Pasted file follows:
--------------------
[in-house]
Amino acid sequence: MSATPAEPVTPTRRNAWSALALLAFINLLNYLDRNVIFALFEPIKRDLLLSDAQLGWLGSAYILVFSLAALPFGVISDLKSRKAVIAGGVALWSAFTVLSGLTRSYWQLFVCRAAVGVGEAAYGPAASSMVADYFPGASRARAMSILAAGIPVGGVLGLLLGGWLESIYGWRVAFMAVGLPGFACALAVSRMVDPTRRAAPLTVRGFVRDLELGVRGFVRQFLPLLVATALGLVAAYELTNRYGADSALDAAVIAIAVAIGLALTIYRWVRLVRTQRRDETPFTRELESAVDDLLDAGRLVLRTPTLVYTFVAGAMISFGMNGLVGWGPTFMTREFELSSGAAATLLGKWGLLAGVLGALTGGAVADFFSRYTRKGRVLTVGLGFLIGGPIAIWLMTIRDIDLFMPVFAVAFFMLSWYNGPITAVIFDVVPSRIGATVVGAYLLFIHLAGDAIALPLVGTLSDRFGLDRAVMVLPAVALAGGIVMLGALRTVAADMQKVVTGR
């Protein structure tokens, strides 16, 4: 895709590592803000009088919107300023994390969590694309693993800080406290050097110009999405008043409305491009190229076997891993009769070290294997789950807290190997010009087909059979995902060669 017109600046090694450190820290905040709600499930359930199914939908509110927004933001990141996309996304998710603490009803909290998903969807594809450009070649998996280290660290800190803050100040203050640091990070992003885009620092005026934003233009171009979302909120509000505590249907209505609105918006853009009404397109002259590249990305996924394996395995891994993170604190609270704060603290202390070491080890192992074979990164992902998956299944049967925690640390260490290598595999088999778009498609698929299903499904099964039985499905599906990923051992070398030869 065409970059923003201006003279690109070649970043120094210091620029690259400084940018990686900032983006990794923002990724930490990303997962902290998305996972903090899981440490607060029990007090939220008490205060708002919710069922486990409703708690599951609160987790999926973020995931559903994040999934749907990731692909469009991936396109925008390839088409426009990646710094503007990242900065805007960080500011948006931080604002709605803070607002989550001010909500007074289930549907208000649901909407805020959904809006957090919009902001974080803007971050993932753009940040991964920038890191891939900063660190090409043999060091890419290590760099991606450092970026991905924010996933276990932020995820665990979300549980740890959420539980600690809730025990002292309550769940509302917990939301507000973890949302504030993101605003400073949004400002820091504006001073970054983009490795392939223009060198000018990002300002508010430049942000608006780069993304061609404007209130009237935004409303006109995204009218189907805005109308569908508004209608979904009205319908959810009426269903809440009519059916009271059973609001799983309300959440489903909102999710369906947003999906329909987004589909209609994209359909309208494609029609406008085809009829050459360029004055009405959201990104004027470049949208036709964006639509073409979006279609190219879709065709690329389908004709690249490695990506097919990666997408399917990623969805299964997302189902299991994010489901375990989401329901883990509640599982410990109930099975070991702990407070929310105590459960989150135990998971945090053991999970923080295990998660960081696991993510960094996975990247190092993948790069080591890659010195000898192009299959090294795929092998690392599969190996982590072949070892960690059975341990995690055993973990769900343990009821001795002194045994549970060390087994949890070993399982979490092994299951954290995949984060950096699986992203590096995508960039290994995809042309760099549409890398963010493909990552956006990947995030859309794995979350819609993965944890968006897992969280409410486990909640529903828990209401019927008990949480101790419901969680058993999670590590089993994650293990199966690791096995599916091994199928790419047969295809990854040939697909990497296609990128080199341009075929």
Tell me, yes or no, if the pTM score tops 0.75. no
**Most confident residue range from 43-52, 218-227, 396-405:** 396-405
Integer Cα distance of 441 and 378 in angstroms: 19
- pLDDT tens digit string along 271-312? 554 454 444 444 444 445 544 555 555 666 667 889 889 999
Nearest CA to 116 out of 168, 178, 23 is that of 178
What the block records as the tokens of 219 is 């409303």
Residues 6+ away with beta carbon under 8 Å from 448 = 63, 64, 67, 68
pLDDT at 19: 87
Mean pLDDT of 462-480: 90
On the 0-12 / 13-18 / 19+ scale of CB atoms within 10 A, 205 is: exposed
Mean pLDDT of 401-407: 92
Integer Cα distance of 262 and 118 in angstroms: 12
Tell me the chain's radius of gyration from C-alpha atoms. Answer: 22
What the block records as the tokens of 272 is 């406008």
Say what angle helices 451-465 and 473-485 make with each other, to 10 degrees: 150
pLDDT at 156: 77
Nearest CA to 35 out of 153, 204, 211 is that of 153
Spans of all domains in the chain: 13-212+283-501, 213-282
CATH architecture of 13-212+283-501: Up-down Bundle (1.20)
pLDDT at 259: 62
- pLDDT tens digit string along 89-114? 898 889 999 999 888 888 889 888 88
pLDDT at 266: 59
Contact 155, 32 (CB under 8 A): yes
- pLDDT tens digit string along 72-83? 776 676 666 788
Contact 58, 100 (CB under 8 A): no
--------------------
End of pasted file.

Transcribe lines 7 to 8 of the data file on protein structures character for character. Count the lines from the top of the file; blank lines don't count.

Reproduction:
- pLDDT tens digit string along 271-312? 554 454 444 444 444 445 544 555 555 666 667 889 889 999
Nearest CA to 116 out of 168, 178, 23 is that of 178